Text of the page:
By Benjamin Yount
Milwaukee public school students missed the entire first half of the school year, and that turned out to be deadly for some.
Milwaukee County’s medical examiner said her office handled 16 homicides involving high school aged children from September until mid-December. All of the victims were shot.
“We have seen a dramatic increase in the number of school-aged kids who have been victims of homicide this year,” Sara Schreiber with the medical examiner’s office told Milwaukee’s Fox affiliate.
Both the city of Milwaukee and Milwaukee County will set homicide records in 2020. The year is not yet over, and both governments say their death toll is nearly 200.
Community activists in Milwaukee say had the 16 young people been in school, they may still be alive.
Activist Tracey Dent said the coronavirus has more young people at home, and some of them are unsupervised.
“The first thing that comes to mind is the COVID,” Dent said. “The shutdowns of the schools, the lack of resources.”
Sen. Dale Kooyegna, R-Brookfield, said each one of the 16 deaths is a tragedy. He also said no one can overlook that kids in Milwaukee haven’t been in school for months, and that decision is exposing them to just as many risks as the coronavirus.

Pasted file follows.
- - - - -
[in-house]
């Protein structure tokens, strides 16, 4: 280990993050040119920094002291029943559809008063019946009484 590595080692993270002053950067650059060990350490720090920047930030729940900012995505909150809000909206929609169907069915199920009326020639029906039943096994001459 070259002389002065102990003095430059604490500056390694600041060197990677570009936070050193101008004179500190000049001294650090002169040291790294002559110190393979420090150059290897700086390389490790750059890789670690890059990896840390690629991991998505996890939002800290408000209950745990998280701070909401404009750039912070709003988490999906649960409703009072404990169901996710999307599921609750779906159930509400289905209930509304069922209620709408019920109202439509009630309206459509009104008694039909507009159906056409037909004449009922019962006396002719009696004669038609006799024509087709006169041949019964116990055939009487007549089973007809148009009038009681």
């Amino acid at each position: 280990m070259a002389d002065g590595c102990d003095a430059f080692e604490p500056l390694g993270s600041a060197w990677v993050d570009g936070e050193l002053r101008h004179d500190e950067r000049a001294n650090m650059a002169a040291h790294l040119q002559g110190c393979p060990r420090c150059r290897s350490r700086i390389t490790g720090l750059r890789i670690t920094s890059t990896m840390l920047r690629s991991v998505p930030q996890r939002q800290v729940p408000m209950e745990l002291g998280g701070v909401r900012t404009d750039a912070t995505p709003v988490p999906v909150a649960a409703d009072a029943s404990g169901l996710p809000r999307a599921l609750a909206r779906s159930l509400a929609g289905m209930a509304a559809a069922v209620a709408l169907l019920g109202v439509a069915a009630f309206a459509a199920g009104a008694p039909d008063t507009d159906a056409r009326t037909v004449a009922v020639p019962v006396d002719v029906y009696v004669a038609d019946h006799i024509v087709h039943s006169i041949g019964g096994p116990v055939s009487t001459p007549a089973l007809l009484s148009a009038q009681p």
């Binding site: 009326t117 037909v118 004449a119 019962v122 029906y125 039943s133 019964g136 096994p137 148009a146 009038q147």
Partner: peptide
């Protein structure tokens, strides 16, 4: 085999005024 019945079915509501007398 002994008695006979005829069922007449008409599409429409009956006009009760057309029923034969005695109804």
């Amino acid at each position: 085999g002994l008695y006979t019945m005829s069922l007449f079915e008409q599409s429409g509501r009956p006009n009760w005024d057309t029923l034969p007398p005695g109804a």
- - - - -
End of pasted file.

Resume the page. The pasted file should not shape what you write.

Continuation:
“Unfortunately, it’s just the latest evidence we have that keeping in-person education closed down and kids out of classrooms has been horribly counterproductive. The science is becoming pretty clear that all-virtual has failed many students, especially the students who were most disadvantaged to begin with,” Kooyenga told The Center Square.
Wisconsin’s Department of Health Services tracks coronavirus deaths by age group. DHS reports that just one person under 19 has died from the coronavirus since March.
Kooyenga said lawmakers and local school leaders need to consider the real threat as they plan to welcome students back to class after the holidays.
“Policymakers need to realize that public health and public safety are intertwined. Both are important to strong, healthy communities. It’s time for schools to take Dr. Fauci’s advice, follow the science, and open up to in-person learning again,” Kooyenga added.
Originally published by The Center Square. Republished with permission.